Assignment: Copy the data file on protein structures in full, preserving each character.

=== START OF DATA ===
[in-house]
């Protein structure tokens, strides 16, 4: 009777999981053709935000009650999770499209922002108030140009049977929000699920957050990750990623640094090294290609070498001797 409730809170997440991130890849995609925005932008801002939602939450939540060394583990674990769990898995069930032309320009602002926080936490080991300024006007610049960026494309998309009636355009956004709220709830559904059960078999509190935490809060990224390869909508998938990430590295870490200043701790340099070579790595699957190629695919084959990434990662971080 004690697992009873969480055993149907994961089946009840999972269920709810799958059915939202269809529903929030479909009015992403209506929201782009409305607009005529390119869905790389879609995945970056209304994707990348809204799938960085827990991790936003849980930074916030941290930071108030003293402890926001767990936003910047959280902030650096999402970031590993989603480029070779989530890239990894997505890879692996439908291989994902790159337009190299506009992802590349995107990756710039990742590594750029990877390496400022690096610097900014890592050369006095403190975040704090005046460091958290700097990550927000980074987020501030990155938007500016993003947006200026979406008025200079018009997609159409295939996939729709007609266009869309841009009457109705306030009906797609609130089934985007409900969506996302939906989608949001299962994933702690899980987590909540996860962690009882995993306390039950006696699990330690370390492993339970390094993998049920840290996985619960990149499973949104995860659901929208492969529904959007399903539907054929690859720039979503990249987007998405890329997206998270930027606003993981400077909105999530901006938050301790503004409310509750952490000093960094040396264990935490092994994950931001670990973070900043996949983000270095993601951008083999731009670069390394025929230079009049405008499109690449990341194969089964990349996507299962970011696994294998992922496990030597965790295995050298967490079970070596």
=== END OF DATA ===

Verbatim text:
[in-house]
């Protein structure tokens, strides 16, 4: 009777999981053709935000009650999770499209922002108030140009049977929000699920957050990750990623640094090294290609070498001797 409730809170997440991130890849995609925005932008801002939602939450939540060394583990674990769990898995069930032309320009602002926080936490080991300024006007610049960026494309998309009636355009956004709220709830559904059960078999509190935490809060990224390869909508998938990430590295870490200043701790340099070579790595699957190629695919084959990434990662971080 004690697992009873969480055993149907994961089946009840999972269920709810799958059915939202269809529903929030479909009015992403209506929201782009409305607009005529390119869905790389879609995945970056209304994707990348809204799938960085827990991790936003849980930074916030941290930071108030003293402890926001767990936003910047959280902030650096999402970031590993989603480029070779989530890239990894997505890879692996439908291989994902790159337009190299506009992802590349995107990756710039990742590594750029990877390496400022690096610097900014890592050369006095403190975040704090005046460091958290700097990550927000980074987020501030990155938007500016993003947006200026979406008025200079018009997609159409295939996939729709007609266009869309841009009457109705306030009906797609609130089934985007409900969506996302939906989608949001299962994933702690899980987590909540996860962690009882995993306390039950006696699990330690370390492993339970390094993998049920840290996985619960990149499973949104995860659901929208492969529904959007399903539907054929690859720039979503990249987007998405890329997206998270930027606003993981400077909105999530901006938050301790503004409310509750952490000093960094040396264990935490092994994950931001670990973070900043996949983000270095993601951008083999731009670069390394025929230079009049405008499109690449990341194969089964990349996507299962970011696994294998992922496990030597965790295995050298967490079970070596």